Out-of-the-box Australian selected to be one of eight in World Hydrogen Advisory Board


This morning, the London-based Sustainable Energy Council announced the eight founding members of its World Hydrogen Advisory Board which will act as the “guiding force” behind the upcoming World Hydrogen Series of Events. The only Australian selected for the prestigious role was Andrew Horvath, a man who could only be described as an ‘out of the box’ thinker.

His company, Star Scientific, which is headquartered in the central coast of New South Wales, was recently propelled into the global limelight after it launched its patented Hydrogen Energy Release Optimiser (HERO) technology. Discovered accidentally, the technology is driven by a catalyst reaction which, upon contact with hydrogen and oxygen, goes from zero to over 700 degrees Celsius in three minutes. The promise of the technology, which is applied in the form of a coating substance, is that it’s hydrogen demand activator. It makes the ‘future fuel’ easy and efficient to use as a heat source in existing spinning mass turbine systems.

In March, the technology won the Sustainable Energy Council’s World Hydrogen Award for Industrial Application. This award, Horvath believes, started up the conversations which ultimately led to his position on the newly formed board.

“They [Sustainable Energy Council] looked into what we were saying as part of the award. So the award not only focussed on the technology, it also focussed on the business plan and what the CEO was saying. They listened to that and then they gave me a call afterwards,” Horvath said, to ask him if he’d be interested in being part of the board.

While the HERO technology and award might have started the conversation, Horvath’s vision isn’t just limited to optimising hydrogen’s energy release at the molecular level – his ideas stretch right into global energy systems. He isn’t really thinking about how to fit clean energy into fossil fuel’s structures (though reusing infrastructure is a big part of HERO’s promise), Horvath is convinced future energy systems will look different, “cleverer” than those we use today.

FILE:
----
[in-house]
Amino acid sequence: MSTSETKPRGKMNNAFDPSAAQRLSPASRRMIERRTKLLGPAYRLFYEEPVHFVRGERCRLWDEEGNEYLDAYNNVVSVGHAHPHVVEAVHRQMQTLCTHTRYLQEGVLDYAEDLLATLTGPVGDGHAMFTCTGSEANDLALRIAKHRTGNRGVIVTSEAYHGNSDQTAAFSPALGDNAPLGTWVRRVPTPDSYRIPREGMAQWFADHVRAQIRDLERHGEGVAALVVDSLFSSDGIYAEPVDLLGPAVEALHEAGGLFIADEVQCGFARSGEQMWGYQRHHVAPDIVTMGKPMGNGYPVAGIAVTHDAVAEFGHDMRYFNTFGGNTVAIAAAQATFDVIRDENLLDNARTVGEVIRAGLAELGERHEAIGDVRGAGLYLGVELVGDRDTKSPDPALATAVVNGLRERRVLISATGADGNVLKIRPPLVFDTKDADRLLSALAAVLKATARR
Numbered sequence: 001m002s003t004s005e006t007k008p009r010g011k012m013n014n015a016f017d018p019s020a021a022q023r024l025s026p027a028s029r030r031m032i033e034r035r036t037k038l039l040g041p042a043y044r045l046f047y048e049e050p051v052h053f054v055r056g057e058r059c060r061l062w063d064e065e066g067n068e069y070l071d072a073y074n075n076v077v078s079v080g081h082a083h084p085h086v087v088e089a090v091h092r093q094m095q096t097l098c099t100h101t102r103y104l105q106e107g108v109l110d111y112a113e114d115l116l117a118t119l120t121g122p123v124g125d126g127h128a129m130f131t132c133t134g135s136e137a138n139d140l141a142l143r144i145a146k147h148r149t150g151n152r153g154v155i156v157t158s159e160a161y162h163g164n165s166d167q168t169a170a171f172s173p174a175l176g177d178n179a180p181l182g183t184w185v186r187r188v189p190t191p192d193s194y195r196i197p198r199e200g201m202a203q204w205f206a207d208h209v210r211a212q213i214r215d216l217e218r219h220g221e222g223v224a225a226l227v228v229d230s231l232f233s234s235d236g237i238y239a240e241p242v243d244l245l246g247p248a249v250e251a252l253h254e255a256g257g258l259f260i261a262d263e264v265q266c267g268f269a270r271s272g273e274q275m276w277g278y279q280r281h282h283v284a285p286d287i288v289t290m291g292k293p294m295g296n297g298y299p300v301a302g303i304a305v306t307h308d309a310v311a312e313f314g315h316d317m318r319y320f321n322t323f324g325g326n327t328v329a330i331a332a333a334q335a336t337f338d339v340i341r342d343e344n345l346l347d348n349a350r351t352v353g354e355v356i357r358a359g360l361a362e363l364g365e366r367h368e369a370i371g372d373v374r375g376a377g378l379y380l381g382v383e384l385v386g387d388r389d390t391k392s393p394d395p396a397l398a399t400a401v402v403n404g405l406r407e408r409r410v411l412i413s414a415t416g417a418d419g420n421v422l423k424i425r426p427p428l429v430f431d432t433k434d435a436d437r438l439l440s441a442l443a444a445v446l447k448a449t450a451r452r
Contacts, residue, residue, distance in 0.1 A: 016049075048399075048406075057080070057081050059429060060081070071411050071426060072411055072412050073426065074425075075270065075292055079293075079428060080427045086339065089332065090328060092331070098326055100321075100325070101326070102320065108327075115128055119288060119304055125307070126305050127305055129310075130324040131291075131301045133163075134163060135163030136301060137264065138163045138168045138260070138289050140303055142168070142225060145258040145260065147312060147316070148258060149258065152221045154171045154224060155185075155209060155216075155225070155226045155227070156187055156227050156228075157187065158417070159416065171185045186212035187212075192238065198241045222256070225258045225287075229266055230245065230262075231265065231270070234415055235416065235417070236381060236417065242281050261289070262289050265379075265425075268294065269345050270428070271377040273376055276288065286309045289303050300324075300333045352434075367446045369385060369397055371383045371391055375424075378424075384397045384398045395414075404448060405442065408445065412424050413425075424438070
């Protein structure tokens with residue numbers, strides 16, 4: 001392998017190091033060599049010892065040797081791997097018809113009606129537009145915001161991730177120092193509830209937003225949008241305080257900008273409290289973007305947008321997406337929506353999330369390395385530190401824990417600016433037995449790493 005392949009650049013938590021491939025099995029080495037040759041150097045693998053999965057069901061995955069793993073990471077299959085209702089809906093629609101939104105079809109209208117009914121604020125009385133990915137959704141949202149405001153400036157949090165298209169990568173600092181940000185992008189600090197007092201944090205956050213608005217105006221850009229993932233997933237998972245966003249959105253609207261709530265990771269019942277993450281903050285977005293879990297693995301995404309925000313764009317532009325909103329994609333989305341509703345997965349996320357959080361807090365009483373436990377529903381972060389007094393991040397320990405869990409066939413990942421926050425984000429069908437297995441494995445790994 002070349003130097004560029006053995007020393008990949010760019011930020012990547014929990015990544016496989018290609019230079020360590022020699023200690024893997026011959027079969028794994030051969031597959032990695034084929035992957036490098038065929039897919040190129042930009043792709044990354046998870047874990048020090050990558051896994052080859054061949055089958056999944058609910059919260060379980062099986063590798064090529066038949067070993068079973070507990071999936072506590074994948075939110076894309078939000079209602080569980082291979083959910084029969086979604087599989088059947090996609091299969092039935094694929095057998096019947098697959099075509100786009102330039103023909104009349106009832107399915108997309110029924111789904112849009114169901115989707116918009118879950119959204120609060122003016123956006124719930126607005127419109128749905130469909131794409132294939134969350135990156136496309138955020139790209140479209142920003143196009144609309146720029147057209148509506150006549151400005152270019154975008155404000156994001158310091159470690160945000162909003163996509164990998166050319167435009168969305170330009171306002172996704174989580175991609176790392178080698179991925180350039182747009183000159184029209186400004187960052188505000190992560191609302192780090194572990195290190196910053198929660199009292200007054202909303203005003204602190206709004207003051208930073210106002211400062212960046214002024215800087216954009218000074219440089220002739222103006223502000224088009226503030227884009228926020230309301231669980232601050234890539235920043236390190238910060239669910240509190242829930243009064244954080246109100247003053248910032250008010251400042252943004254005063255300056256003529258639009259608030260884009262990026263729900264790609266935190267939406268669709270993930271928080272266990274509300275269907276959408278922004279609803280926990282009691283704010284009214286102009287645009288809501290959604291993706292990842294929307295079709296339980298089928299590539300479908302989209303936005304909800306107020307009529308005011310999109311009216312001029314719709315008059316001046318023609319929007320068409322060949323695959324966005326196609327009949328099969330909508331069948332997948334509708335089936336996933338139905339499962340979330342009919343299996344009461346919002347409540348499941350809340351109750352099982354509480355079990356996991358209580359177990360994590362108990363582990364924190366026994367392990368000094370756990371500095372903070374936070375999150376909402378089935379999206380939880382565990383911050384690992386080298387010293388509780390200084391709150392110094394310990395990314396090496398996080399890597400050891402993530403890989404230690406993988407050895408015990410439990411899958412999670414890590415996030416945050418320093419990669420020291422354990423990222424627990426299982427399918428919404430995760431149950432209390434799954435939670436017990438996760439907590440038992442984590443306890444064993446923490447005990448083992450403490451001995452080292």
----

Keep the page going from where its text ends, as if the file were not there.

“Of course it’s exciting,” Horvath said about his appointment to the board, pointing to the esteemed leaders he’s serving alongside, which include the Secretary General at Hydrogen Europe, Jorgo Chatzimarkakis; President and CEO of Port of Rotterdam Authority, Allard Castelein; and Vice President of Hydrogen at Royal Dutch Shell, Paul Bogers; Chile’s Ministry of Energy department head, Max Correa Achurra; Chair at the International Partnership for Hydrogen and Fuel Cells (IPHE) and Hydrogen Advisor at the International Energy Agency (IEA), Noé van Hulst; CEO and Executive Chairman at Smartenergy, Horst H. Mahmoudi; and Linde’s Vice-President of Clean Energy, David Burns.

The advisory board’s role will be to give focus to the World Hydrogen Event Series, ensuring key industry challenges and opportunities are addressed and “enabling participants to take relevant, informed decisions which will drive further collaboration and accelerate the hydrogen industry roll-out world-wide,” the Sustainable Energy Council said in its statement.

“What we need now, is the appropriate regulatory framework to scale-up clean hydrogen rapidly and de-risk the huge private investment required. We also need smart policies that aim at creating integrated markets and facilitate the entire value chain across borders, including infrastructure and storage,” founding member, Noé van Hulst, said in his statement.

Horvath told pv magazine Australia the first World Hydrogen Advisory board meeting is planned for September and will be virtual. “Then the next one I think is in Rotterdam, held by the port there, next year sometime,” he added.

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